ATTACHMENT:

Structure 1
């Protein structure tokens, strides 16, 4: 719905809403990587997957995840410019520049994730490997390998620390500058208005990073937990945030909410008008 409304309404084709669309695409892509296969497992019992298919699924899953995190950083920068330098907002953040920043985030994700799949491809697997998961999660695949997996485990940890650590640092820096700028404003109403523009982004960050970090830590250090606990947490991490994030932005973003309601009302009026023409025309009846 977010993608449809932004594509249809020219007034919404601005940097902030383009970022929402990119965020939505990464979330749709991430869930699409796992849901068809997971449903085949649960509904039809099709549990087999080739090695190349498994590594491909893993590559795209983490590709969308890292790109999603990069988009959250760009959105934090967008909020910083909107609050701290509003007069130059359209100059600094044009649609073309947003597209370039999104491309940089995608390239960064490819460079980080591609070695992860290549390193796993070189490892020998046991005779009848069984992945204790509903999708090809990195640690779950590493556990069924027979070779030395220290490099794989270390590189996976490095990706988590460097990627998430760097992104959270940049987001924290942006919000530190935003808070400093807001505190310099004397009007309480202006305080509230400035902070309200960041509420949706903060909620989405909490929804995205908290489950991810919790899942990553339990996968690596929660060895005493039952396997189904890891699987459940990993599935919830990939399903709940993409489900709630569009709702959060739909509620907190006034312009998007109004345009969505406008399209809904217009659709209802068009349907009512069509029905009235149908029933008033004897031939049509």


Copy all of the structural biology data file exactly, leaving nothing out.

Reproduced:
Structure 1
């Protein structure tokens, strides 16, 4: 719905809403990587997957995840410019520049994730490997390998620390500058208005990073937990945030909410008008 409304309404084709669309695409892509296969497992019992298919699924899953995190950083920068330098907002953040920043985030994700799949491809697997998961999660695949997996485990940890650590640092820096700028404003109403523009982004960050970090830590250090606990947490991490994030932005973003309601009302009026023409025309009846 977010993608449809932004594509249809020219007034919404601005940097902030383009970022929402990119965020939505990464979330749709991430869930699409796992849901068809997971449903085949649960509904039809099709549990087999080739090695190349498994590594491909893993590559795209983490590709969308890292790109999603990069988009959250760009959105934090967008909020910083909107609050701290509003007069130059359209100059600094044009649609073309947003597209370039999104491309940089995608390239960064490819460079980080591609070695992860290549390193796993070189490892020998046991005779009848069984992945204790509903999708090809990195640690779950590493556990069924027979070779030395220290490099794989270390590189996976490095990706988590460097990627998430760097992104959270940049987001924290942006919000530190935003808070400093807001505190310099004397009007309480202006305080509230400035902070309200960041509420949706903060909620989405909490929804995205908290489950991810919790899942990553339990996968690596929660060895005493039952396997189904890891699987459940990993599935919830990939399903709940993409489900709630569009709702959060739909509620907190006034312009998007109004345009969505406008399209809904217009659709209802068009349907009512069509029905009235149908029933008033004897031939049509």